CARACAS, (Reuters) – Venezuela’s ruling Socialists inaugurated a grassroots assembly yesterday in the same building as the national legislature in a further effort to minimize impact of an opposition election win that has shaken the government.
In the election this month, the Democratic Unity coalition won control of the National Assembly for the first time in 16 years, with a two-thirds majority giving it wide powers to challenge President Nicolas Maduro’s administration. But Maduro said he will refuse to sign the opposition’s first priority when the new legislature starts on Jan. 5: an amnesty law for jailed activists.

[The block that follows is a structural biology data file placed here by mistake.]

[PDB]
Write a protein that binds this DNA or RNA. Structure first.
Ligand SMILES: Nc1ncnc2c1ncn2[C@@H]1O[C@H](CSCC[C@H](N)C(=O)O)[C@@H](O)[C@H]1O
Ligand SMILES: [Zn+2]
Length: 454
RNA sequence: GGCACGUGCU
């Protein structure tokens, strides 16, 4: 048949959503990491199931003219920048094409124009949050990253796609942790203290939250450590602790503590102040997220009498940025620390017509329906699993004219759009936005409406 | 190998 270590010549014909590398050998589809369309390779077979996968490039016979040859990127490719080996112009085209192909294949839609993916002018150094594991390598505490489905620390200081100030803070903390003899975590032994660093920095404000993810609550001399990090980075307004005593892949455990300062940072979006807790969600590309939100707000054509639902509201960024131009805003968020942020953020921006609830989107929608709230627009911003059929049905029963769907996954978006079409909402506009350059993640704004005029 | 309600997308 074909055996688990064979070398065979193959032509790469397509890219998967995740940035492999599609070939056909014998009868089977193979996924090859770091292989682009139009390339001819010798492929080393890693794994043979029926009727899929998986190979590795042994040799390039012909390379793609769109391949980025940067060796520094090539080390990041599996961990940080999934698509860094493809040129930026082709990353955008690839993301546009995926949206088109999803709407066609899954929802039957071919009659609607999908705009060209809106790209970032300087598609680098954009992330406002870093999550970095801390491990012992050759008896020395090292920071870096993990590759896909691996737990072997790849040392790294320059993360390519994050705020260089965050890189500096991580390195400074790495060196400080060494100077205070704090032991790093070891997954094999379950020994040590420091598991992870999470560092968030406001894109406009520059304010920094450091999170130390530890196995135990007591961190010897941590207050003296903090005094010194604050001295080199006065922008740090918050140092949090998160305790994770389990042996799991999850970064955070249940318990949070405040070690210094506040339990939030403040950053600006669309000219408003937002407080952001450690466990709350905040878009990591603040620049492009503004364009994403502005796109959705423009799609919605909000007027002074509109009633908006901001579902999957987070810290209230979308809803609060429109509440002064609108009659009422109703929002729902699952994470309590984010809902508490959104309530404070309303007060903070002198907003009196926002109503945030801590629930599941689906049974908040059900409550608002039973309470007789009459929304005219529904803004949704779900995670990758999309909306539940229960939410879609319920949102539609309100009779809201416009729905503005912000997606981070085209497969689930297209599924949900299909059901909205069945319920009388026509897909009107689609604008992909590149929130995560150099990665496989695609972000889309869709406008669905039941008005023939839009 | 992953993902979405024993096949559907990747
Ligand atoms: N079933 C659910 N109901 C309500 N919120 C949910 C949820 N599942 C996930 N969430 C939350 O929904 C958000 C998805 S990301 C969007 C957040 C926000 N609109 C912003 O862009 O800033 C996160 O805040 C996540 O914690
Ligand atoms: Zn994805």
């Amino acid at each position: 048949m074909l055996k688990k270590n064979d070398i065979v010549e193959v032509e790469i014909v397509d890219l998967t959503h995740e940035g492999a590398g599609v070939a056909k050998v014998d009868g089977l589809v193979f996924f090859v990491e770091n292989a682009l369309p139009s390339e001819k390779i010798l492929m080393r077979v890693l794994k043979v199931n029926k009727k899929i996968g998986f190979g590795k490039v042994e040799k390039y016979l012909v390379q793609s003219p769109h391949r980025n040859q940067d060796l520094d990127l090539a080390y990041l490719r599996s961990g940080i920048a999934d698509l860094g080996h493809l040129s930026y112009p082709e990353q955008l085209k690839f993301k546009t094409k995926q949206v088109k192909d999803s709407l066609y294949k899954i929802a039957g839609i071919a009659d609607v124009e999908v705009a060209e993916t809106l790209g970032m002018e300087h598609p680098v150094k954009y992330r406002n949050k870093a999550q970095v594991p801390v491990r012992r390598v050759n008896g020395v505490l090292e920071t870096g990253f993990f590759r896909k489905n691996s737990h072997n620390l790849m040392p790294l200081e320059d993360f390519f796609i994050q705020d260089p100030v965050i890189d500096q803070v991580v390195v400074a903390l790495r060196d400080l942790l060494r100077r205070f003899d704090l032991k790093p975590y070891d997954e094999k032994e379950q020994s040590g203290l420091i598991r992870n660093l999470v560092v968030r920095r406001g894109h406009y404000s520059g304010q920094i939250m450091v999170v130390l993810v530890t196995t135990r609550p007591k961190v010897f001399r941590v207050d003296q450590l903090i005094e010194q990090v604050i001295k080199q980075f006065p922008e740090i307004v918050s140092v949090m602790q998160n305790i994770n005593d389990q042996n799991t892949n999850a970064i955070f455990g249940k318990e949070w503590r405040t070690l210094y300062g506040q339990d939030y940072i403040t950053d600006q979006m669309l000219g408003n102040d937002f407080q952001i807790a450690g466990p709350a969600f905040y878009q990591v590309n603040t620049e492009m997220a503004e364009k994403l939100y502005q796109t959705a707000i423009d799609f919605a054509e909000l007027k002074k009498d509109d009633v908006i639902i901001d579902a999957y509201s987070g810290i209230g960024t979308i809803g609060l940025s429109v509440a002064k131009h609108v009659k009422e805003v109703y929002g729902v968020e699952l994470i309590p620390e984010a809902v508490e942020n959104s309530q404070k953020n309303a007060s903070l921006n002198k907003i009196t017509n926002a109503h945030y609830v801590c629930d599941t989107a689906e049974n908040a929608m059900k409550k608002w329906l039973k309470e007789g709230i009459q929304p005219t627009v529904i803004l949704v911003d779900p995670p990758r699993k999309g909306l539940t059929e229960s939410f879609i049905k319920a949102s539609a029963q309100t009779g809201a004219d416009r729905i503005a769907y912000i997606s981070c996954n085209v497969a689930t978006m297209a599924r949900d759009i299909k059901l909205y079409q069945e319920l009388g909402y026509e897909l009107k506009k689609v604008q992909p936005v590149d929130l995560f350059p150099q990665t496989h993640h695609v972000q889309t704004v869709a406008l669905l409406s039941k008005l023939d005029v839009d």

The outgoing Socialist-controlled National Assembly is also pushing new appointments to the Supreme Court where any conflict of powers will play out.
Adding to the mood of showdown, the government yesterday set up a new National Communal Parliament – to supervise the nation’s patchwork of Socialist communities set up by late leader Hugo Chavez – in the same premises as the National Assembly.
Though seemingly more symbolic than a real undermining of the legislature’s powers, the move nevertheless underlined the government’s tough response to the opposition’s recent election win that was largely a punishment vote against Maduro.